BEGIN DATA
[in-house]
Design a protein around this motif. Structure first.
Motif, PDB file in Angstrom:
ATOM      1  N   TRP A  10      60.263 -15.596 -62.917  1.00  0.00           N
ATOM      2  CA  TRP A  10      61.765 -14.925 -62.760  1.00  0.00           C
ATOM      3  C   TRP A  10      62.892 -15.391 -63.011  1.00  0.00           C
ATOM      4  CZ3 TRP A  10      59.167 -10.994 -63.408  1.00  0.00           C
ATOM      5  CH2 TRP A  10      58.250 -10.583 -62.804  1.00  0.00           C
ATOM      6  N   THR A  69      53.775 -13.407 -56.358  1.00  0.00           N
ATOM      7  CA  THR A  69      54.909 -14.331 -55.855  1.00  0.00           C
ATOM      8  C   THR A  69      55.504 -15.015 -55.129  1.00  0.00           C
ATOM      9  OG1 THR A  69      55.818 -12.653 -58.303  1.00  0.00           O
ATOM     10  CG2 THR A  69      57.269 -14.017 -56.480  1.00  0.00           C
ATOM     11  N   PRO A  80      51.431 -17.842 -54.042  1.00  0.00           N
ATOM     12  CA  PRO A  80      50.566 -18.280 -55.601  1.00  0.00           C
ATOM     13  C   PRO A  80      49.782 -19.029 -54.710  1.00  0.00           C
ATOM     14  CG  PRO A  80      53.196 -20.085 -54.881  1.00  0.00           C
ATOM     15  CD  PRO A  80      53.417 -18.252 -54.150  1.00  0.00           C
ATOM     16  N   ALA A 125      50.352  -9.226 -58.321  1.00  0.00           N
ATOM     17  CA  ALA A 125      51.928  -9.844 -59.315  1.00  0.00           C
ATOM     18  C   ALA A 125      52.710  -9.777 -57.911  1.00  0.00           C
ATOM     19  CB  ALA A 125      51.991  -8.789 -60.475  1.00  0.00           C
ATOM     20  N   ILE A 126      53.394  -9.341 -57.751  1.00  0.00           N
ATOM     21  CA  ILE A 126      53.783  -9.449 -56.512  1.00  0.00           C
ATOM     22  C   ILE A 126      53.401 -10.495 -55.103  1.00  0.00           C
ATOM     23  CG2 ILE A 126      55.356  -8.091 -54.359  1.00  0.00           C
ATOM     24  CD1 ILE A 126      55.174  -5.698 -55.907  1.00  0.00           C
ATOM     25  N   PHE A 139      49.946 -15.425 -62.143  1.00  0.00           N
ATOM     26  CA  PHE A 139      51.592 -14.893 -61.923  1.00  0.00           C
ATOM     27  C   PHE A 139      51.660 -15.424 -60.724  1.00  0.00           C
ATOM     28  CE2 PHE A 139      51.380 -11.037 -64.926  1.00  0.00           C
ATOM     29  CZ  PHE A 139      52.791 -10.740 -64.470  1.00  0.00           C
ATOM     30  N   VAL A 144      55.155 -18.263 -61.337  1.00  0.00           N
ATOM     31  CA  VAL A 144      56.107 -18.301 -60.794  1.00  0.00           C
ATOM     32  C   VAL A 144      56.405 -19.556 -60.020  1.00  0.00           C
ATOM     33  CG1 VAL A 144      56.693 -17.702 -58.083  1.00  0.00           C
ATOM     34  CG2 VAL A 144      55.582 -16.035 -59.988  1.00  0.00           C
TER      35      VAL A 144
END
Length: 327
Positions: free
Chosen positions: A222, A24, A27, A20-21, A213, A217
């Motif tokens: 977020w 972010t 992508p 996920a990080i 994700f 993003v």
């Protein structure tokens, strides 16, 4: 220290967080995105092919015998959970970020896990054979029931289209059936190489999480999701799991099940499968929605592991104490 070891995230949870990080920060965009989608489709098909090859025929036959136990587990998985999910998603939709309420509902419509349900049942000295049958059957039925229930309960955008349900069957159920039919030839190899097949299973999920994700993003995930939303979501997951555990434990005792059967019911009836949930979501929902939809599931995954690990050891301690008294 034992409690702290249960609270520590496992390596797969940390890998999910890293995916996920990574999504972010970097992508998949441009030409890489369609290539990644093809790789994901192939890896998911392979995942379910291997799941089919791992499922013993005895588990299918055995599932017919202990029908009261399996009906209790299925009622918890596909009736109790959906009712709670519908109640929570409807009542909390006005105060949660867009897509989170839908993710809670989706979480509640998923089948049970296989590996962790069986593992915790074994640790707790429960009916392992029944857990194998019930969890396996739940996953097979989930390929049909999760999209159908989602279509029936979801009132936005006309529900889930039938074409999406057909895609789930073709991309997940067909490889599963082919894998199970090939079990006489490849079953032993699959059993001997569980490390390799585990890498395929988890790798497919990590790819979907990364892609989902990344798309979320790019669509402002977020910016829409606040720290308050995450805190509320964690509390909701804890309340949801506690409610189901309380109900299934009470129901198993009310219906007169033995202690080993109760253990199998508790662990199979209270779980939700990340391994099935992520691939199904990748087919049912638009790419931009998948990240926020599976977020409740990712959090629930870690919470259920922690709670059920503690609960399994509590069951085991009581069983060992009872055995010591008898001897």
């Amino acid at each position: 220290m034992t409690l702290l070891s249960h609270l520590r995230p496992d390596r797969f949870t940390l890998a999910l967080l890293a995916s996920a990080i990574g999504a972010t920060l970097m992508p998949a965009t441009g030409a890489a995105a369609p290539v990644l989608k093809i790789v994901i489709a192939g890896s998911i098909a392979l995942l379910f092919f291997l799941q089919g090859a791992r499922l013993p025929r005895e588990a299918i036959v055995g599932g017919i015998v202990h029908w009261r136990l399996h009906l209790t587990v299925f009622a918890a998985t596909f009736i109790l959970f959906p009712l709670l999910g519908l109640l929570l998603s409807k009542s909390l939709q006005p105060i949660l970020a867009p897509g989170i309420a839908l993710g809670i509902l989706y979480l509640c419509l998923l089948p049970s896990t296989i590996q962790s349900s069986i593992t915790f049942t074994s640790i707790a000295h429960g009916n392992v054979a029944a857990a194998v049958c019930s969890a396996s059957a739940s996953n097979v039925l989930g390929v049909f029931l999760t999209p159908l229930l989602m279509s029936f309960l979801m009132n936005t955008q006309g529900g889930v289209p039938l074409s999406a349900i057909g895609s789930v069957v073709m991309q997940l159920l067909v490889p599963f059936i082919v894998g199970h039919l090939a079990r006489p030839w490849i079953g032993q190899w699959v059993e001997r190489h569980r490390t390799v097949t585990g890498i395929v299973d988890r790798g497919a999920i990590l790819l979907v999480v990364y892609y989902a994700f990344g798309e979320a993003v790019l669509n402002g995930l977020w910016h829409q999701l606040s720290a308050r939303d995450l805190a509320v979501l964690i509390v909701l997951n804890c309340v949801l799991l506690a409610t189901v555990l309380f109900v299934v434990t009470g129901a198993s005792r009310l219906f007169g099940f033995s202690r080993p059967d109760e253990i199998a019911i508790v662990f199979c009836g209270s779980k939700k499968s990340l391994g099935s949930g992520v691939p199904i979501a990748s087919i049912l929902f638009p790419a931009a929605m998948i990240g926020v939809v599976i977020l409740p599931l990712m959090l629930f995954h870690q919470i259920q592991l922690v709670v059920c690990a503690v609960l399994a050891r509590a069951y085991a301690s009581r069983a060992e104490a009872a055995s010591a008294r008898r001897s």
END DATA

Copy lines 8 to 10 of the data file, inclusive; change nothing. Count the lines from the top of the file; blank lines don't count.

ATOM      5  CH2 TRP A  10      58.250 -10.583 -62.804  1.00  0.00           C
ATOM      6  N   THR A  69      53.775 -13.407 -56.358  1.00  0.00           N
ATOM      7  CA  THR A  69      54.909 -14.331 -55.855  1.00  0.00           C